Gracie Abrams gets vulnerable in debut album Good Riddance

Cover art for Good Riddance by the artist Gracie Abrams (Interscope Records)

The one staple throughout all of Gracie Abrams’ work, from 2020’s Minor to 2021’s This Is What It Feels Like, is her ability to detail the most raw and sensitive lyrics in her music. Good Riddance carries on the pattern perfectly.

Abrams had established her role early on as the flawless combination of Taylor Swift and Phoebe Bridgers with her previous EPs. Aaron Dessner, who has credits on the last five Taylor Swift albums and a collaboration with Phoebe Bridgers, produces each song listed on the debut album Good Riddance. The similarities among them are clearly visible, yet at the same time each song takes on its own individual sound. 

The opening track “Best” immediately indicates how honest Abrams sets out to be on this album. She confesses, “And I destroyed every silver lining you had in your head / All of your feelings, I played with them” while Dessner contributes the soft acoustic guitar and light percussion.

The second song, “I know it won’t work,” had rightfully gone viral on TikTok – in an album full of sad ballads, Abrams still flaunts her ability to pen a pop banger that could easily cause someone to dance and cry at the same time. 

“Full machine,” the standout third track, allows Abrams to flex both her songwriting and vocal abilities. A painfully underrated song, she utilizes her breathy voice to paint a picture of longing over an ex she still loves. She writes in the emotional bridge, “I’m a forest fire,  you’re the kerosene / I had a life here before you, but now it’s burning.”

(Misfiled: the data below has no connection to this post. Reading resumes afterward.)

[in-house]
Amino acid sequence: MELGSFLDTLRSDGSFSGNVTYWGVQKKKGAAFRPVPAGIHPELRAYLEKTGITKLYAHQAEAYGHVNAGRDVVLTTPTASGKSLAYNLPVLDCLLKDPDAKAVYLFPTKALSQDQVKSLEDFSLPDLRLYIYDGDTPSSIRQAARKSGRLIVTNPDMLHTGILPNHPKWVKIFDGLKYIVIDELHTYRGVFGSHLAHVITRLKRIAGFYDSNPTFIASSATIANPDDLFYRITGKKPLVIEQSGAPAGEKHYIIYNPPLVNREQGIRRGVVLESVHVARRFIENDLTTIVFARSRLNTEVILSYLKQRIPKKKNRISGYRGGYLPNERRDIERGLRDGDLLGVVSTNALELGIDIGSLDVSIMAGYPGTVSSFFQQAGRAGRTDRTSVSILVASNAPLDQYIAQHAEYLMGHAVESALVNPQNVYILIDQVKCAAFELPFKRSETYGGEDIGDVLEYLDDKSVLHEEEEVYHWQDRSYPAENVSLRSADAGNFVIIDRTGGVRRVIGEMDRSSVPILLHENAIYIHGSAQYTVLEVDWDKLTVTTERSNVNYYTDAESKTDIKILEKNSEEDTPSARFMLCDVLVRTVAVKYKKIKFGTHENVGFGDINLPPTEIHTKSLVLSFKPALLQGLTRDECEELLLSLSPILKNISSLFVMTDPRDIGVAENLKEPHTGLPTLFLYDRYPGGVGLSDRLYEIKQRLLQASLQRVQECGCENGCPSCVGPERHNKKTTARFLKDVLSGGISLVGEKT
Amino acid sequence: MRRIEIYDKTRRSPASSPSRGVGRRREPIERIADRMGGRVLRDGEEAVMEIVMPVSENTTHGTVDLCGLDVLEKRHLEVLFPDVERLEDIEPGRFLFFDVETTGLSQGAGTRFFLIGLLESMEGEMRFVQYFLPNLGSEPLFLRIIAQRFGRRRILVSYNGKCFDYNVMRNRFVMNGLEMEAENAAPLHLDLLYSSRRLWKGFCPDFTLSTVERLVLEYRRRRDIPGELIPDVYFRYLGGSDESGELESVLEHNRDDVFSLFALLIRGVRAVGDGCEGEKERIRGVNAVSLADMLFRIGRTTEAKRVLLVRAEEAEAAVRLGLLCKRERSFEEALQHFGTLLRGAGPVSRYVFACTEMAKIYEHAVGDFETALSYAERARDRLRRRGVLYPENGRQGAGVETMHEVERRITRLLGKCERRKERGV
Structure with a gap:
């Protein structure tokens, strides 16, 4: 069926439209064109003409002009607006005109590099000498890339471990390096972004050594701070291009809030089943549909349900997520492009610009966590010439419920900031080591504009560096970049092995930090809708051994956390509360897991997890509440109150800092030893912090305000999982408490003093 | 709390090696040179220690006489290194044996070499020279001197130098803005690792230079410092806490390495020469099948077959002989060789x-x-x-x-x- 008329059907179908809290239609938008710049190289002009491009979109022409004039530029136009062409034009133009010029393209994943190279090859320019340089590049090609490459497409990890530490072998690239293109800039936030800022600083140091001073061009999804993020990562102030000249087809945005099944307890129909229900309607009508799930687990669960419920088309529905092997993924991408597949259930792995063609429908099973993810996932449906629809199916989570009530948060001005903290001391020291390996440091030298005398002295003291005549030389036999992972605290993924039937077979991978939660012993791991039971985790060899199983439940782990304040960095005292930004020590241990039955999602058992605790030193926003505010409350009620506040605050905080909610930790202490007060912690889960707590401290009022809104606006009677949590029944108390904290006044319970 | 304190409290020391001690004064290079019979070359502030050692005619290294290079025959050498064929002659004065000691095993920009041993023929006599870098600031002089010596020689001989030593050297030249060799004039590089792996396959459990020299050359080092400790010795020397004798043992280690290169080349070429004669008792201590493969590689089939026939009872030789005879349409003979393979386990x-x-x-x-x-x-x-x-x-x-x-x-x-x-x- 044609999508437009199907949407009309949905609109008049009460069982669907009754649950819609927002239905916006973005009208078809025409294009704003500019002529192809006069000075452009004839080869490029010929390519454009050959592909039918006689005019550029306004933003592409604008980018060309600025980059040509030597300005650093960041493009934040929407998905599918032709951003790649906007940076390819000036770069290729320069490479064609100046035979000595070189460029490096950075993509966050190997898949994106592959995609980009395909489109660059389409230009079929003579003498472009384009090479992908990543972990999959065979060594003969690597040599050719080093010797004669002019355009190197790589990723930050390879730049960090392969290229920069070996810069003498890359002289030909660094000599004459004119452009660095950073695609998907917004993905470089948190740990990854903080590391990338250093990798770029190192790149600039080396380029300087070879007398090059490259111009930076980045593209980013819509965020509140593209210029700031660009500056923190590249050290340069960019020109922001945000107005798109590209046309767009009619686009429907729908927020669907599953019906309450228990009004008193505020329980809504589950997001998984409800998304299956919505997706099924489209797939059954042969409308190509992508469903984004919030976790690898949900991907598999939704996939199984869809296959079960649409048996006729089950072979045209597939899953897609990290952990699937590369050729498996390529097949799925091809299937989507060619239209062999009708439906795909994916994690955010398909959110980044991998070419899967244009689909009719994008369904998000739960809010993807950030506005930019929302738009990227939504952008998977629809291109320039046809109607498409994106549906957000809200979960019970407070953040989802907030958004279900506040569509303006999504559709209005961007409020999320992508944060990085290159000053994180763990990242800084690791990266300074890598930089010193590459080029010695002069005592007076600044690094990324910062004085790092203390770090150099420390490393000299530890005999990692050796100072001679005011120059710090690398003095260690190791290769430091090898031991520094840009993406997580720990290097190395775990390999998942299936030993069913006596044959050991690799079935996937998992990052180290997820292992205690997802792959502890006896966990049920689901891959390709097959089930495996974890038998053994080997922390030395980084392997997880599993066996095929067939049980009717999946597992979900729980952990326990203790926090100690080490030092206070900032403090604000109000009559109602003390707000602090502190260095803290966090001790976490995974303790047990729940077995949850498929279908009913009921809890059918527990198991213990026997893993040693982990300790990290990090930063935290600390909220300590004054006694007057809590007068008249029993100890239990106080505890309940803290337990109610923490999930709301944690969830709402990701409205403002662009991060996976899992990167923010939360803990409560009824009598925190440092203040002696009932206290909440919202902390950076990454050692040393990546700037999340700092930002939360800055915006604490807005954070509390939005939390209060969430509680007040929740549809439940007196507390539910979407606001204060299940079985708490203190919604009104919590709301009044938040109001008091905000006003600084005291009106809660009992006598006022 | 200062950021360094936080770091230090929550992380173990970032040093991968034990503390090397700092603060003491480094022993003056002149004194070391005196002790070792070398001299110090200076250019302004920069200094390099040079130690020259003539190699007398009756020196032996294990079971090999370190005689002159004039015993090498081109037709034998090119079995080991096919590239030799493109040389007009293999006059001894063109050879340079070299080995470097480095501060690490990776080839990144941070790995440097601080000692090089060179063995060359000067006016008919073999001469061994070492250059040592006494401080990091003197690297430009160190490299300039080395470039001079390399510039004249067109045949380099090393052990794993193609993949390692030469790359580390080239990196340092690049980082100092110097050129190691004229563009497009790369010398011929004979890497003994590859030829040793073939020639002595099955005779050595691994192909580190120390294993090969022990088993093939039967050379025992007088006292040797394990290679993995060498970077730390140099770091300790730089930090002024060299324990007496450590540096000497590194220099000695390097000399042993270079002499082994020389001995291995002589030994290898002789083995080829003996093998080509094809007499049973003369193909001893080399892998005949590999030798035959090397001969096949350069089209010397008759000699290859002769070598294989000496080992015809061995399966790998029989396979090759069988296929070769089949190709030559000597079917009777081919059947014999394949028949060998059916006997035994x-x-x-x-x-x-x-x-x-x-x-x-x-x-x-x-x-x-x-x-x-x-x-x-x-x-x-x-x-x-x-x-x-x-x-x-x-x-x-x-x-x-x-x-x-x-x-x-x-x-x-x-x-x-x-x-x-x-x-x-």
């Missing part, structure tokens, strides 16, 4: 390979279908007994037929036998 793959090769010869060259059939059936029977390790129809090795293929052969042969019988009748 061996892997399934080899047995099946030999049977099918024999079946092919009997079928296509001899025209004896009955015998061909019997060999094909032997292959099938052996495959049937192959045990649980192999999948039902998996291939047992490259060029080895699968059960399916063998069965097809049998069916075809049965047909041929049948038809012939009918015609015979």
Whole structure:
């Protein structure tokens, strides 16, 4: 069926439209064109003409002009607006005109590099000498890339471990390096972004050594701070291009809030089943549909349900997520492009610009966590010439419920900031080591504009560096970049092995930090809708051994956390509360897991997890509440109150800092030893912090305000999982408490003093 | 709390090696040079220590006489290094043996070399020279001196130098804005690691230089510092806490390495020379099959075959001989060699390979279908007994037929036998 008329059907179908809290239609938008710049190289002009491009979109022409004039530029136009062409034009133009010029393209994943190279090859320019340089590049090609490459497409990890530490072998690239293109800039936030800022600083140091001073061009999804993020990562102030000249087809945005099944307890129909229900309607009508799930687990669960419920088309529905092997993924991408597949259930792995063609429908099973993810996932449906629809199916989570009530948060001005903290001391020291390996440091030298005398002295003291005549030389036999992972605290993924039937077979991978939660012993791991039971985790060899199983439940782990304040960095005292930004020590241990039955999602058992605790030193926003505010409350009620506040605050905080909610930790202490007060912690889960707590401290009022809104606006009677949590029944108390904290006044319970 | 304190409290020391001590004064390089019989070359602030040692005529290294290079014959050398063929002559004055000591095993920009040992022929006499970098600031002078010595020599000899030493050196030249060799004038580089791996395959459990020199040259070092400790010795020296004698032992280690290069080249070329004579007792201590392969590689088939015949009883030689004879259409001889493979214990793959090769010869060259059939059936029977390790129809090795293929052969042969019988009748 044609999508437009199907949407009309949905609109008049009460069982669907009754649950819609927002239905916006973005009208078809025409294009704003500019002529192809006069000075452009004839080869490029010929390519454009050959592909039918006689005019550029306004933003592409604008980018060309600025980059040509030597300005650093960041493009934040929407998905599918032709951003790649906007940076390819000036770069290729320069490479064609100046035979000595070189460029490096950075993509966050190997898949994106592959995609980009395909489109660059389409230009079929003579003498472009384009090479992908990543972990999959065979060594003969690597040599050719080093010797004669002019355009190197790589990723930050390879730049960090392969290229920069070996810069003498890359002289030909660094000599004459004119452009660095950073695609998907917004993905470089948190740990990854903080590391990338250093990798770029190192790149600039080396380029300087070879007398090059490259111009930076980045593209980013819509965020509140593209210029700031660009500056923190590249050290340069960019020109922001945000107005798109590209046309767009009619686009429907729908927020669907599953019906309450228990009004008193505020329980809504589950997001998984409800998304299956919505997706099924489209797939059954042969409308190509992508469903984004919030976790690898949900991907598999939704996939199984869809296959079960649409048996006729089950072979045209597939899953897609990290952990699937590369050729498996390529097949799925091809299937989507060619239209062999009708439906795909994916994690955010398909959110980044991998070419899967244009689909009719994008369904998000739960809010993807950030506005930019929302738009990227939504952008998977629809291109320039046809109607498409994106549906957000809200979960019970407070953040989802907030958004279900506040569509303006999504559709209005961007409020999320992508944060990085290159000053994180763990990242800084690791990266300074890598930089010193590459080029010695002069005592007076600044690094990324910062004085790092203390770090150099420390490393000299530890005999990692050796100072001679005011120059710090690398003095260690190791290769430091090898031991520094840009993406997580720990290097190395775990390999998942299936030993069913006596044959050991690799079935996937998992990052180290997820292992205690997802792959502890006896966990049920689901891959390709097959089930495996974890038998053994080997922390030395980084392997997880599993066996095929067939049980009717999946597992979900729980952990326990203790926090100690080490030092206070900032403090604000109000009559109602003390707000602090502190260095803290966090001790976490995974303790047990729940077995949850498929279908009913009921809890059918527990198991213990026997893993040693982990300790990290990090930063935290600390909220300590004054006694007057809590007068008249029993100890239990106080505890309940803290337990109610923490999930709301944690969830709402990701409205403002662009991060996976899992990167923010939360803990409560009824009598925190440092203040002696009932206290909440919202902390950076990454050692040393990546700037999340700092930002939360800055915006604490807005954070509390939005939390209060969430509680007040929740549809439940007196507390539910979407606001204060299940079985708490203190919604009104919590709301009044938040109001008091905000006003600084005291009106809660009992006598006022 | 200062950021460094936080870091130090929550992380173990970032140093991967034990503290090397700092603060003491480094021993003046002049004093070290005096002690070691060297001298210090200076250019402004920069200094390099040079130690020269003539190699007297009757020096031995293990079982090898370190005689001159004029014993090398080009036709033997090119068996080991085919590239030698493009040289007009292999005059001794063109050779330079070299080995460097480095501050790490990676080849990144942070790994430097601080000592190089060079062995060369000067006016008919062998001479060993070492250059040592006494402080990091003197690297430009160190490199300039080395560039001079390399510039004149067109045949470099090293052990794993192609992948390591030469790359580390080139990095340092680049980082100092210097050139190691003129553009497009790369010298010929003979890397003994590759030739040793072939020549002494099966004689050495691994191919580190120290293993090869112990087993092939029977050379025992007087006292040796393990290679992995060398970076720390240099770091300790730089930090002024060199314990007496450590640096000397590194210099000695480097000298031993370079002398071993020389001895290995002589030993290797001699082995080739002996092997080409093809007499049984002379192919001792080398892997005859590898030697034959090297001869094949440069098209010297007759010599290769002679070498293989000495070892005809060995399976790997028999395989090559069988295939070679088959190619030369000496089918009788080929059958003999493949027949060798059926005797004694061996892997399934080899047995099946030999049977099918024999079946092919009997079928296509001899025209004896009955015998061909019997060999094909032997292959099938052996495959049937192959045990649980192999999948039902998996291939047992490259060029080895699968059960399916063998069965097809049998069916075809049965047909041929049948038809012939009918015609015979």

Prior to the album release, Abrams instructed fans to listen to the album’s entirety with headphones and in order. I would also strongly recommend that as well – you’ll be able to catch quieter, almost hidden production by Dessner and hear the full story unravel. The album begins on a depressing, regretful note. But as you venture through the tracks, you’ll find a more positive theme shine through the self-deprecating lyrics and folk sound.

My personal favorite and the second-to-last track, “The blue,” reveals the hopeful message of unexpectedly finding someone after a rough past. She takes on strong vocals and dreamy beats, which contrasts her breathy, shaken voice frequented in the previous songs. 

The 6-minute closer, “Right now,” ends the album on an optimistic note. She opens the song with worry and anxiety over a new life away from her home, a reality that many people her age must experience. She yearns for her hometown and family, yet at the same time now feels like her true self with newfound freedom. It’s a refreshing closing track, giving listeners a sense of hope and positivity for the future.

My one criticism for Good Riddance would be the number of songs with similar, repetitive choruses. We see in “Best,” “Where do we go now?”, “I should hate you,” and “The blue” that the lyrics are unvarying and often repeated numerous times. For example, the entire chorus of “Where do we go now?” is simply the lyrics “Where do we go now” restated 8 times. Gracie Abrams has already proved that she thrives through her lyricism, so I was slightly disappointed upon hearing those few songs.

However, even with repetitive choruses, the Good Riddance still feels like a great debut album with some room for improvement. After all, we can’t expect an artist’s first full-length album to be perfect. But it sets the pace for Abrams’ future projects, and if they are anything like this album, we can anticipate they will be just as exceptional.